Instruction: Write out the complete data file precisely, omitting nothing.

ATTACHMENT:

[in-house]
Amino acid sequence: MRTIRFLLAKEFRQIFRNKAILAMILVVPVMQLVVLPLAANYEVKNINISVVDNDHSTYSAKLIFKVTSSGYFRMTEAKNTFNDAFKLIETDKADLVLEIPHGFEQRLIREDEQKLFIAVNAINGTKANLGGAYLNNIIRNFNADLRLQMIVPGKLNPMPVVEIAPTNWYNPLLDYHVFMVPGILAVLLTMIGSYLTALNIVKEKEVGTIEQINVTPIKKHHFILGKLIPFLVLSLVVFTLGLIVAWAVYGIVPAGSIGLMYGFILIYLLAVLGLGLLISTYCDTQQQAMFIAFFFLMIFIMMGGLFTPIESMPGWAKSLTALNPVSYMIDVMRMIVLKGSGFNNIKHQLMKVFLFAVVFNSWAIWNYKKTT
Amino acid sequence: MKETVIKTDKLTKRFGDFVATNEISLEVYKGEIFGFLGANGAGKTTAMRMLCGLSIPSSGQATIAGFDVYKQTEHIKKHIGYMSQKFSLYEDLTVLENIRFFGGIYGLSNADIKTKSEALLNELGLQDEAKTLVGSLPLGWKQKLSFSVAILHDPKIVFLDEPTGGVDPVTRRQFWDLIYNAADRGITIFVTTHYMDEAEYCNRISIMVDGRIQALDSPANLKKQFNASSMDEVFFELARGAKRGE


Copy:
[in-house]
Amino acid sequence: MRTIRFLLAKEFRQIFRNKAILAMILVVPVMQLVVLPLAANYEVKNINISVVDNDHSTYSAKLIFKVTSSGYFRMTEAKNTFNDAFKLIETDKADLVLEIPHGFEQRLIREDEQKLFIAVNAINGTKANLGGAYLNNIIRNFNADLRLQMIVPGKLNPMPVVEIAPTNWYNPLLDYHVFMVPGILAVLLTMIGSYLTALNIVKEKEVGTIEQINVTPIKKHHFILGKLIPFLVLSLVVFTLGLIVAWAVYGIVPAGSIGLMYGFILIYLLAVLGLGLLISTYCDTQQQAMFIAFFFLMIFIMMGGLFTPIESMPGWAKSLTALNPVSYMIDVMRMIVLKGSGFNNIKHQLMKVFLFAVVFNSWAIWNYKKTT
Amino acid sequence: MKETVIKTDKLTKRFGDFVATNEISLEVYKGEIFGFLGANGAGKTTAMRMLCGLSIPSSGQATIAGFDVYKQTEHIKKHIGYMSQKFSLYEDLTVLENIRFFGGIYGLSNADIKTKSEALLNELGLQDEAKTLVGSLPLGWKQKLSFSVAILHDPKIVFLDEPTGGVDPVTRRQFWDLIYNAADRGITIFVTTHYMDEAEYCNRISIMVDGRIQALDSPANLKKQFNASSMDEVFFELARGAKRGE